Being a responsible motorist is more than just driving cautiously and following traffic laws and regulations. It also means you need to be prepared for any number of emergencies, such as a flat tire or driving in adverse weather conditions. This is one of the main reasons why every motorist should have an emergency kit in their vehicles. Assembling one should be easy and could save you and those around you from a sticky situation in the future.
Going out to buy items for your emergency kit seems like a pain, but it’s not unlike shopping for a Subaru timing belt replacement. Your goal is to have the right tools you can use during an accident or any other emergency scenario.
If you don’t know where to begin, you’ve come to the right place. Here are a few things you need to include in your car emergency kit:
Even if you don’t plan on assembling an emergency kit, you still need to keep a few basic hand tools in your vehicle. You might not know how to perform basic troubleshooting or repairs, but someone near you might, so you need to have the right tools ready for use.
Hand tools such as screwdrivers and wrenches can be used in quick repair scenarios such as sealing leaks and holes and securing screws and bolts. A simple toolbox should suffice, and make sure you have the basics such as electrical tape, wrench set, and a few screwdrivers.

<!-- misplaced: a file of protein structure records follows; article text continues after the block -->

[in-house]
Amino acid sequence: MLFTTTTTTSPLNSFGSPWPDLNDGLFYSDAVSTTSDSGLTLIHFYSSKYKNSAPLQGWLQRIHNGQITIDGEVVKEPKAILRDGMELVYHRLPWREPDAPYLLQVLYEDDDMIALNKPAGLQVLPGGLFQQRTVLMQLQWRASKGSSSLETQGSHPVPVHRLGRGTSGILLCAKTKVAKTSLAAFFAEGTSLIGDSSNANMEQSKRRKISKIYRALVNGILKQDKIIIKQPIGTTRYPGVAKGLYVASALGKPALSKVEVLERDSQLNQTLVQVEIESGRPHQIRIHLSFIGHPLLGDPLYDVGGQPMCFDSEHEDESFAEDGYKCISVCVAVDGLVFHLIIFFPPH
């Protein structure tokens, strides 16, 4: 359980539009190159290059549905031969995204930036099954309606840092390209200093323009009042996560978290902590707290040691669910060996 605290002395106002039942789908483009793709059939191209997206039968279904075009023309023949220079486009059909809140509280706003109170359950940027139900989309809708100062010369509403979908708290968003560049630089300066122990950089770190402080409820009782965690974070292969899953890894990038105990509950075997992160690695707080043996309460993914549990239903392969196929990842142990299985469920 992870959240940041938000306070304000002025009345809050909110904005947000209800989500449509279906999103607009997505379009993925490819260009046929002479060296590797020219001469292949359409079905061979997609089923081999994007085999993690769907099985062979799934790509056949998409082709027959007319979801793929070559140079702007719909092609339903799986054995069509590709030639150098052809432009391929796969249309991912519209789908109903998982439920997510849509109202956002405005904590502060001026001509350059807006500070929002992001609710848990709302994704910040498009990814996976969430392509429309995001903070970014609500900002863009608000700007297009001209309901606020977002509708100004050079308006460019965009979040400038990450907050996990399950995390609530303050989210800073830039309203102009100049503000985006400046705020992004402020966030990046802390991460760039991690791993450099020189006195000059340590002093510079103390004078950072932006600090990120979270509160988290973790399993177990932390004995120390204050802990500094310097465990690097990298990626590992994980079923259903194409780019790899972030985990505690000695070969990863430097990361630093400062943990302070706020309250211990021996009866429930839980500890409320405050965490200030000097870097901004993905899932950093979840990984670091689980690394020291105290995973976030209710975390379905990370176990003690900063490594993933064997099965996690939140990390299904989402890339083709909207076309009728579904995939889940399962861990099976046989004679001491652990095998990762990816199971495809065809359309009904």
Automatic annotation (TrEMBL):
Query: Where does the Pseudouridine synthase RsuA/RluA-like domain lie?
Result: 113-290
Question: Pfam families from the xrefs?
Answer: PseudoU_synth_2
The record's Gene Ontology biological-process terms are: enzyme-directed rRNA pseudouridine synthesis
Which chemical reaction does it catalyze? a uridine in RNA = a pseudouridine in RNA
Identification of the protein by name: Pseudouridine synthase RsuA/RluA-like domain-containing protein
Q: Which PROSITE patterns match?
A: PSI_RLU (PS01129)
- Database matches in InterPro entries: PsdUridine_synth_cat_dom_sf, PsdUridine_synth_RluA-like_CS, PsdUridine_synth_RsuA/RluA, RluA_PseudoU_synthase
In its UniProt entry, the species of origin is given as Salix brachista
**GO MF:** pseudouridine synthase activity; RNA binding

Flashlight and spare batteries
You can use a flashlight if you need to signal an oncoming motorist or pedestrian at night, find something in the dark, or inspect your car’s internal components. You can even use it as a makeshift flare to draw the attention of other people.
It’s essential to take note that batteries might not work as expected during cold weather conditions, so you might want to include spare batteries in your emergency kit. If all batteries are not operational, a mechanically powered flashlight is a reliable alternative.
LED flashlights produce brighter light, have a bigger area of effect, and require less energy compared to regular flashlights. Do not use your phone’s flash as a flashlight unless necessary. You want to conserve your phone’s energy for emergency use.
First aid kit
It’s not an emergency kit if you don’t have over-the-counter medications and medical supplies in hand. A few other things you might need to include cotton, a selection of dressing and bandages, povidone-iodine, 70% alcohol, and gauze.
Having a first-aid kit in your vehicle allows you to patch yourself up and treat other people’s minor injuries in the event of an accident. For anything else, you’ll need immediate medical intervention.
A few basic signaling devices include road flares, whistles, and high-visibility signs. If your car breaks down in a poor-visibility area, or during an adverse weather event, you might need to use signaling devices to attract other motorists and pedestrians to your situation.
These are just some things you need in your vehicle emergency kit. A responsible motorist is prepared to deal with any number of scenarios, and it starts with having the right tools. This list barely covers the basics, so feel free to add other items as you see fit.